Hidamari Sketch and Fluff Media

Hidamari Sketch is currently available on HiDive and Hulu.

Slice-of-life shows are in a weird position where they don’t truly have many equivalents in Western-based markets, or really at all, outside of anime and manga – I briefly touched on this previously in an article on Yuru Camp△, but Hidamari Sketch is a much more widely-known and archetypical example by which to illustrate this. And the most unique facet of these shows is that, in effect, they aren’t about anything.

Which I don’t mean in some hyperbolic sense or as a critique of their narrative themes or as a dig using some other lens for examining some piece of media or literature.

I mean it much more directly: slice-of-live comedies usually have the bare minimum in the way of a structured story on an episode-by-episode basis, with at most some slow development for its main characters running in the background. Most are content to let their supposed subject matter serve as a binding agent rather than explore it in depth, the settings are rarely more important than as set dressing, and it’s always a toss-up whether a conflict will carry over to the other side of the commercial break, let alone a future episode. Rather, Hidamari Sketch consists of completely standalone scenes – they’re so disconnected, in fact, that it’s entirely reasonable for people to watch through all four seasons of the show and never really notice that the majority of its content is actually presented out of its chronological order (even with the dates being in the episode titles).

It’s helpful to understand that the majority of these slice-of-life shows are based on serialized manga that are published as a part of larger magazines in chapters around 25 pages at the most, which in turn means that they’re designed by nature to be operate within a much smaller space than romantic comedies or character-focused dramas might, and with more incentive for each segment to stand independently.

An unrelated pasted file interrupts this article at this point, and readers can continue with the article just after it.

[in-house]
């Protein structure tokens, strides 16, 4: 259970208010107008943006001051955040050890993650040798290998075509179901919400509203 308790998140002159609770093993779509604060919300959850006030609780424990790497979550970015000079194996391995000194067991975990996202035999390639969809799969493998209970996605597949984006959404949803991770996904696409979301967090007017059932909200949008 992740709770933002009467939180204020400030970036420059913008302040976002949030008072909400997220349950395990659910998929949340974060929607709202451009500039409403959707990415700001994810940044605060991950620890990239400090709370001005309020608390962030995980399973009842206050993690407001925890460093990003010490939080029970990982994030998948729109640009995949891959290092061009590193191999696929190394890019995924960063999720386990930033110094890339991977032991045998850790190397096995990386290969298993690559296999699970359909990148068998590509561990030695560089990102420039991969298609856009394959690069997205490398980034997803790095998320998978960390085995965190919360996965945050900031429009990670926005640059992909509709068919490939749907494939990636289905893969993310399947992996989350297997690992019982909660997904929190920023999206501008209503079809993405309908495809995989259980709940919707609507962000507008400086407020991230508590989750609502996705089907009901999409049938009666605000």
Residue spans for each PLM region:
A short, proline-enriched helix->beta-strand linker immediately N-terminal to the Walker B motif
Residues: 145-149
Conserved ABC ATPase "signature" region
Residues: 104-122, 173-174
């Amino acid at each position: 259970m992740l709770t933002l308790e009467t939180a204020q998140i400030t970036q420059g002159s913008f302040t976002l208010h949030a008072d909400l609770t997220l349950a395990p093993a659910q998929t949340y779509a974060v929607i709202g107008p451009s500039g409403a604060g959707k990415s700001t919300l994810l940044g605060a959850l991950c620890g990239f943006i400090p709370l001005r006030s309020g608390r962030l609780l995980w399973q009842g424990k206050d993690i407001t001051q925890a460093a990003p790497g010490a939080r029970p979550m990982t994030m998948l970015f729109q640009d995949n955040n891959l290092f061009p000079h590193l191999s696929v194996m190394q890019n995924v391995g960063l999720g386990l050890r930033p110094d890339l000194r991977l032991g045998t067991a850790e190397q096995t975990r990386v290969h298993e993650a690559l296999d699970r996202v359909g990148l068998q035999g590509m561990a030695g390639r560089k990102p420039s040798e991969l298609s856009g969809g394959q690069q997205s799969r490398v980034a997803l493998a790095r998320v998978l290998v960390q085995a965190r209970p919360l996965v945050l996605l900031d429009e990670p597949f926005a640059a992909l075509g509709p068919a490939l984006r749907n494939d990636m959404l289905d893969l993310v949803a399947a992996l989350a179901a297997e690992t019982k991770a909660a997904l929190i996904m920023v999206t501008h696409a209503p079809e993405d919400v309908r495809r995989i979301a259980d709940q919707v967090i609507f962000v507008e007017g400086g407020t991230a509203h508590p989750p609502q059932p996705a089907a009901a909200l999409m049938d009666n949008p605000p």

Their tendency toward light interpersonal conflict is almost a necessity of their original format, and one that distinctly shapes how they approach fitting a twenty-minute TV scheduling block. In fact, Hidamari Sketch in particular is based on a running series of four-panel strips, which puts it much closer in execution to Peanuts’ various charming-but-somewhat-unfocused television adaptations than their more common point of comparison of a sitcom, which will regularly carry one or two distinct plotlines through an episode with a consistent theme and tone.

Actually, you know what? Peanuts is an all-American slice-of-life. There’s your equivalency.

Being mostly of a smattering of comedy-sketch-like scenes arranged with modest connective tissue and a minimum of a traditional story, shows like Hidamari Sketch take that extra step even further away from the dramatic than more widespread forms of episodic comedy, which is a marked enough difference in their mentality for them to not always belong in the same conversation.

And while the format is hardly new (Sazae-san’s bite-sized segments have led in this direction for over eighty years and Azumanga Daioh effectively codified the format over a decade and a half ago), the looser structure seems like something designed for the modern era. And sure enough, the web format has been even kinder to these, from recent successes like Aggretsuko’s 15-minute bundles of smaller anecdotes down to a whole host of five-minute sketch-comedy spinoffs that in an earlier era would have been no more than DVD extras to their parent shows. Breaking free of TV scheduling blocks as a mold lets the stories go even smaller, down to pick-me-up morsels that you would watch on a whim were they distributed piecemeal.

Granted, the idea of shattering a show’s continuity into three-to-ten-minute chunks seems counter-intuitive to many people, for whom fiction-based television is primarily thought of as another medium of storytelling. In fact, absent of broadcast-based time restrictions, most produced shows tend to go in the opposite direction, favoring longer running times (Netflix’s actual original dramas trend up toward an hour overwhelmingly more often than down from the cable-standard forty-three minutes). By comparison, slice-of-life anime’s jumping scene-to-scene between plots that are tangentially related at best puts it more in line with a YouTube series – and those, to be frank, aren’t considered substantial in the least by most people.